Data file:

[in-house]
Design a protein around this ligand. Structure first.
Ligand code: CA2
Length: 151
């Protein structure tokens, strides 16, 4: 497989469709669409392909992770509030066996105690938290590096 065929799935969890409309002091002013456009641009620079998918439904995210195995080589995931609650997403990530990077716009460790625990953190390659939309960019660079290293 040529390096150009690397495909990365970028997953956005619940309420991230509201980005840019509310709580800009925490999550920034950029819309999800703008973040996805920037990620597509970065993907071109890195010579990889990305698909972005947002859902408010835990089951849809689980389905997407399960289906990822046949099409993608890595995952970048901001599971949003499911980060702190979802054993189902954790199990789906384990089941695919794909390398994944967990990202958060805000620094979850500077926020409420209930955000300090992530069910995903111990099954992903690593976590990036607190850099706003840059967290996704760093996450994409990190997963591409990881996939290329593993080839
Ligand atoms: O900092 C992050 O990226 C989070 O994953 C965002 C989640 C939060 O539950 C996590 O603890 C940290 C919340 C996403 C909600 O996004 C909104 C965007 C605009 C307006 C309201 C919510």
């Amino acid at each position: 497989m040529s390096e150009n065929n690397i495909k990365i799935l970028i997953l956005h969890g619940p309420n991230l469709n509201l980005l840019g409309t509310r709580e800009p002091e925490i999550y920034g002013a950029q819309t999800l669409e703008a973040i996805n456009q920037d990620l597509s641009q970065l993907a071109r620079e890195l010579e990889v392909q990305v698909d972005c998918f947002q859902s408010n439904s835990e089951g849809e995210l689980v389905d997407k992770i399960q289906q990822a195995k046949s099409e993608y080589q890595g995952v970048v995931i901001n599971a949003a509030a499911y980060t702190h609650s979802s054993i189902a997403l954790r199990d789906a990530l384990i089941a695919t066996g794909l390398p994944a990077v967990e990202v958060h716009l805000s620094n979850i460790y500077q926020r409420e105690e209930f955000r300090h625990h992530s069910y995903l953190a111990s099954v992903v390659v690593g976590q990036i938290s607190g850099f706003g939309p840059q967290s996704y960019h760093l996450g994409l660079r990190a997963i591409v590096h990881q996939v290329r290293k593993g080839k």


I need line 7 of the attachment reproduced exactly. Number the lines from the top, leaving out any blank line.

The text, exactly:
């Amino acid at each position: 497989m040529s390096e150009n065929n690397i495909k990365i799935l970028i997953l956005h969890g619940p309420n991230l469709n509201l980005l840019g409309t509310r709580e800009p002091e925490i999550y920034g002013a950029q819309t999800l669409e703008a973040i996805n456009q920037d990620l597509s641009q970065l993907a071109r620079e890195l010579e990889v392909q990305v698909d972005c998918f947002q859902s408010n439904s835990e089951g849809e995210l689980v389905d997407k992770i399960q289906q990822a195995k046949s099409e993608y080589q890595g995952v970048v995931i901001n599971a949003a509030a499911y980060t702190h609650s979802s054993i189902a997403l954790r199990d789906a990530l384990i089941a695919t066996g794909l390398p994944a990077v967990e990202v958060h716009l805000s620094n979850i460790y500077q926020r409420e105690e209930f955000r300090h625990h992530s069910y995903l953190a111990s099954v992903v390659v690593g976590q990036i938290s607190g850099f706003g939309p840059q967290s996704y960019h760093l996450g994409l660079r990190a997963i591409v590096h990881q996939v290329r290293k593993g080839k």